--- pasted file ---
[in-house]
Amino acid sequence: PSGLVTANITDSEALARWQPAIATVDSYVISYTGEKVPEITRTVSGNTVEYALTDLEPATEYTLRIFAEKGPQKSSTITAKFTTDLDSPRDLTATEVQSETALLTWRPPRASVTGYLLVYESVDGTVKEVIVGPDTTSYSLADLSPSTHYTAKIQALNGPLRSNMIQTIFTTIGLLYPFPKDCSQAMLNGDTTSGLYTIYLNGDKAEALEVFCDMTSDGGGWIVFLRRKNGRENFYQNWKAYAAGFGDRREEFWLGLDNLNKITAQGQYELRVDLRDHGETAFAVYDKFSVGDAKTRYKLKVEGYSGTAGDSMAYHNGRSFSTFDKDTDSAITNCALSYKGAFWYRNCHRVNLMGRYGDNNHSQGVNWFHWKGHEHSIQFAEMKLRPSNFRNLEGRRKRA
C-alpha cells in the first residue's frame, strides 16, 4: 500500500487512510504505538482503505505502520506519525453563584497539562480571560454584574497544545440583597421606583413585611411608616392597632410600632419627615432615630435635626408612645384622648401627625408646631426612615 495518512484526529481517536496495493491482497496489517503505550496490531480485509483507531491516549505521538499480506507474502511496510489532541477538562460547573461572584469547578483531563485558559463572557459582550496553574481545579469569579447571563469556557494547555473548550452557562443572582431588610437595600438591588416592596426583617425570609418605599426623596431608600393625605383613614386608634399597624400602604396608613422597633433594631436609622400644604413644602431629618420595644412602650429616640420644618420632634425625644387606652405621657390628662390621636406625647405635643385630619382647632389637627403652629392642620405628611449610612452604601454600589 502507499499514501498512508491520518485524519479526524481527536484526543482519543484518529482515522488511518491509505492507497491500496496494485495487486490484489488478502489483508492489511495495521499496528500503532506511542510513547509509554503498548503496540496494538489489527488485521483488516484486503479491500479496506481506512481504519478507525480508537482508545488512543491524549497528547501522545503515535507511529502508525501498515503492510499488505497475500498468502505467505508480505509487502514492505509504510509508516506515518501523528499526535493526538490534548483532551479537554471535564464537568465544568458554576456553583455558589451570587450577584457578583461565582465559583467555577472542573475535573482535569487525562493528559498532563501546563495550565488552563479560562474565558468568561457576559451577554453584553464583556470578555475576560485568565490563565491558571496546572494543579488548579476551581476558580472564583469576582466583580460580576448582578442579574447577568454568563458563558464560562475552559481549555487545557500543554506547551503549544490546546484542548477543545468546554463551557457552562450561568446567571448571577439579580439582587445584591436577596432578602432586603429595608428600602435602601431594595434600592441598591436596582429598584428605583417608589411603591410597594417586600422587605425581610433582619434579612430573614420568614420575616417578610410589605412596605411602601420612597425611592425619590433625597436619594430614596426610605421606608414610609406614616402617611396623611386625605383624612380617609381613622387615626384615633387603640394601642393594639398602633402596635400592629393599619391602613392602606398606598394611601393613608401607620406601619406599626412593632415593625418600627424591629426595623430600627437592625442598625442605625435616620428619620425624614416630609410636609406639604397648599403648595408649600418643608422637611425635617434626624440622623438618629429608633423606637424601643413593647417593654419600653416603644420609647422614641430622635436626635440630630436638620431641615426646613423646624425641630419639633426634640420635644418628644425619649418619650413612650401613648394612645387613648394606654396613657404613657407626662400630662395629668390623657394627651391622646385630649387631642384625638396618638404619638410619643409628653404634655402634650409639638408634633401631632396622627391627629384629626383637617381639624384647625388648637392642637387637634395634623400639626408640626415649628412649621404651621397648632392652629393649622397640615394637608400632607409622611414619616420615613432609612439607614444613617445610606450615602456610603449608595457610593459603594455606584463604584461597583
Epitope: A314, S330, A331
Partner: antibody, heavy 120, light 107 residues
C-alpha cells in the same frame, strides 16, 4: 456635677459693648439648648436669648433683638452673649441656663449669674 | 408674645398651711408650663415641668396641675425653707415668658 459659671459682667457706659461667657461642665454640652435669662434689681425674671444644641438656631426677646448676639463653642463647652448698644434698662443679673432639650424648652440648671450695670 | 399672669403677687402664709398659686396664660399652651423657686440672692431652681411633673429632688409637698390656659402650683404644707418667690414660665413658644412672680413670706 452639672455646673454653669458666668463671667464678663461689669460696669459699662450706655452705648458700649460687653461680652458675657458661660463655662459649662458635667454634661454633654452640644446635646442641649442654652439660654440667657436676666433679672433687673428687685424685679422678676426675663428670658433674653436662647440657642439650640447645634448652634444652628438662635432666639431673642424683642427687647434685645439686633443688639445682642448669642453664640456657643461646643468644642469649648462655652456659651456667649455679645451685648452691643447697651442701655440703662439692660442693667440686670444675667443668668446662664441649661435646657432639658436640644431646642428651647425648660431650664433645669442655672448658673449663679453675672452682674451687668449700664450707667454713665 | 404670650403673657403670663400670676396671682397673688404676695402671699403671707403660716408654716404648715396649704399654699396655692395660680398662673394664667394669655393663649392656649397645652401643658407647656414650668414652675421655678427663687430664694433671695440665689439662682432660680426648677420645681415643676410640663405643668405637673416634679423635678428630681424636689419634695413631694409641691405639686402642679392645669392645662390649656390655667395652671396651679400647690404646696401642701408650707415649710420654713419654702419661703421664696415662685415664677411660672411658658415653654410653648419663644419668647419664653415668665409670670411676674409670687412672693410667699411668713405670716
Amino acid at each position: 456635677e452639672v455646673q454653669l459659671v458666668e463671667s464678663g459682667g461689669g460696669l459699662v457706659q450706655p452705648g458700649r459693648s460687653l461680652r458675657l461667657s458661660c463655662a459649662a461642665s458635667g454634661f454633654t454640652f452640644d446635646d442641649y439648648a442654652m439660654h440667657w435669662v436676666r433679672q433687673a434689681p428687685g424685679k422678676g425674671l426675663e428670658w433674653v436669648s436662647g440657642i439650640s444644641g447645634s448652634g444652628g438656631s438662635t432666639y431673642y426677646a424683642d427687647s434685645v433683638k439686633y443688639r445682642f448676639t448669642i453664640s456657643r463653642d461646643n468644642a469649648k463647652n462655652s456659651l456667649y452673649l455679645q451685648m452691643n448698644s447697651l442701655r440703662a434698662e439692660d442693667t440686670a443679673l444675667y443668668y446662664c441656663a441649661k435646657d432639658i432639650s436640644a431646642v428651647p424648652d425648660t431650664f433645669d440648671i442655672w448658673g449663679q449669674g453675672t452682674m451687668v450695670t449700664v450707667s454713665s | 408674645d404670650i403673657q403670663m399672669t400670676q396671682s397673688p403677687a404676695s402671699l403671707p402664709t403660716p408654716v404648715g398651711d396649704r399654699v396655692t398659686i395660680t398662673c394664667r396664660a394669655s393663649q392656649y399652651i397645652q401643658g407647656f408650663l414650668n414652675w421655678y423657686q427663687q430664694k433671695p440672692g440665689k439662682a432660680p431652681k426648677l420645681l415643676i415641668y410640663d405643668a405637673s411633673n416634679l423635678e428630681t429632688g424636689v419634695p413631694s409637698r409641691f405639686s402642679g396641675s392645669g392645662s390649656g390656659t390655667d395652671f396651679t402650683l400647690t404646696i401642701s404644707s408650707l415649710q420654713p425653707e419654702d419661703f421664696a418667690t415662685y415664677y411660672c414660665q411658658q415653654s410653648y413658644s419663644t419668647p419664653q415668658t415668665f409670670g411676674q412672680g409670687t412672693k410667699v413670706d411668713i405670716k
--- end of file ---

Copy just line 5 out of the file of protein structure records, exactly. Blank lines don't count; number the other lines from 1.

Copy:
Partner: antibody, heavy 120, light 107 residues